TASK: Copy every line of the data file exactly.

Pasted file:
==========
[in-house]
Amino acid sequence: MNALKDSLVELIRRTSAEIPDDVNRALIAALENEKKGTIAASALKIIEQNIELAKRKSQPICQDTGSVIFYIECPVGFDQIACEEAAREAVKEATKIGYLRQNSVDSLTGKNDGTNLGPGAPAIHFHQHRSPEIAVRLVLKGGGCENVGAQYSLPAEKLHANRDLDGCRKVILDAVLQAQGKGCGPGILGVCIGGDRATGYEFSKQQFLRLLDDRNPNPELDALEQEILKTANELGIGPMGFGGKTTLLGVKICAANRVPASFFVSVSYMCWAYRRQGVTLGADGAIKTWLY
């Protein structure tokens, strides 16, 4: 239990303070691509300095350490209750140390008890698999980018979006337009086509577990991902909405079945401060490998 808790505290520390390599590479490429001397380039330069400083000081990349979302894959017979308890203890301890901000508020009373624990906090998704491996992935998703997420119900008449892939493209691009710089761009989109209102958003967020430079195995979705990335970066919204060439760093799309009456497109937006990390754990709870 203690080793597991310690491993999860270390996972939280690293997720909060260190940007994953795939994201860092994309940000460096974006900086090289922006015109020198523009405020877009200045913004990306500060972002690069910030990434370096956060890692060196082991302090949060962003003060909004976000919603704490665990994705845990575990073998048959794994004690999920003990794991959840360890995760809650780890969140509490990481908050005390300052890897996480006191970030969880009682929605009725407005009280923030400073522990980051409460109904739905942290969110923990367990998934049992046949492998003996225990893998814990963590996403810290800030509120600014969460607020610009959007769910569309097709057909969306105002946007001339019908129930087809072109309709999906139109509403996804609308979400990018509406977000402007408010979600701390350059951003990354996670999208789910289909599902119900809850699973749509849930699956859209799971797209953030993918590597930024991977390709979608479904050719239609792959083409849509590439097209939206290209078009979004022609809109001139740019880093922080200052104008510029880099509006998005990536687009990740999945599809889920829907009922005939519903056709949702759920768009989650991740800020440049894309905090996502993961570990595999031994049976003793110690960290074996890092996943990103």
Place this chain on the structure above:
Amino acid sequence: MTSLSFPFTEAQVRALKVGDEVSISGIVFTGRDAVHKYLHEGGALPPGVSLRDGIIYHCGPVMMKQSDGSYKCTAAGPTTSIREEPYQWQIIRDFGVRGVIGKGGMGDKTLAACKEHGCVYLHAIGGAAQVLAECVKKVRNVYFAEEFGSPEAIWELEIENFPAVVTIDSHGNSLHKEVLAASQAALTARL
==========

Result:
[in-house]
Amino acid sequence: MNALKDSLVELIRRTSAEIPDDVNRALIAALENEKKGTIAASALKIIEQNIELAKRKSQPICQDTGSVIFYIECPVGFDQIACEEAAREAVKEATKIGYLRQNSVDSLTGKNDGTNLGPGAPAIHFHQHRSPEIAVRLVLKGGGCENVGAQYSLPAEKLHANRDLDGCRKVILDAVLQAQGKGCGPGILGVCIGGDRATGYEFSKQQFLRLLDDRNPNPELDALEQEILKTANELGIGPMGFGGKTTLLGVKICAANRVPASFFVSVSYMCWAYRRQGVTLGADGAIKTWLY
């Protein structure tokens, strides 16, 4: 239990303070691509300095350490209750140390008890698999980018979006337009086509577990991902909405079945401060490998 808790505290520390390599590479490429001397380039330069400083000081990349979302894959017979308890203890301890901000508020009373624990906090998704491996992935998703997420119900008449892939493209691009710089761009989109209102958003967020430079195995979705990335970066919204060439760093799309009456497109937006990390754990709870 203690080793597991310690491993999860270390996972939280690293997720909060260190940007994953795939994201860092994309940000460096974006900086090289922006015109020198523009405020877009200045913004990306500060972002690069910030990434370096956060890692060196082991302090949060962003003060909004976000919603704490665990994705845990575990073998048959794994004690999920003990794991959840360890995760809650780890969140509490990481908050005390300052890897996480006191970030969880009682929605009725407005009280923030400073522990980051409460109904739905942290969110923990367990998934049992046949492998003996225990893998814990963590996403810290800030509120600014969460607020610009959007769910569309097709057909969306105002946007001339019908129930087809072109309709999906139109509403996804609308979400990018509406977000402007408010979600701390350059951003990354996670999208789910289909599902119900809850699973749509849930699956859209799971797209953030993918590597930024991977390709979608479904050719239609792959083409849509590439097209939206290209078009979004022609809109001139740019880093922080200052104008510029880099509006998005990536687009990740999945599809889920829907009922005939519903056709949702759920768009989650991740800020440049894309905090996502993961570990595999031994049976003793110690960290074996890092996943990103």
Place this chain on the structure above:
Amino acid sequence: MTSLSFPFTEAQVRALKVGDEVSISGIVFTGRDAVHKYLHEGGALPPGVSLRDGIIYHCGPVMMKQSDGSYKCTAAGPTTSIREEPYQWQIIRDFGVRGVIGKGGMGDKTLAACKEHGCVYLHAIGGAAQVLAECVKKVRNVYFAEEFGSPEAIWELEIENFPAVVTIDSHGNSLHKEVLAASQAALTARL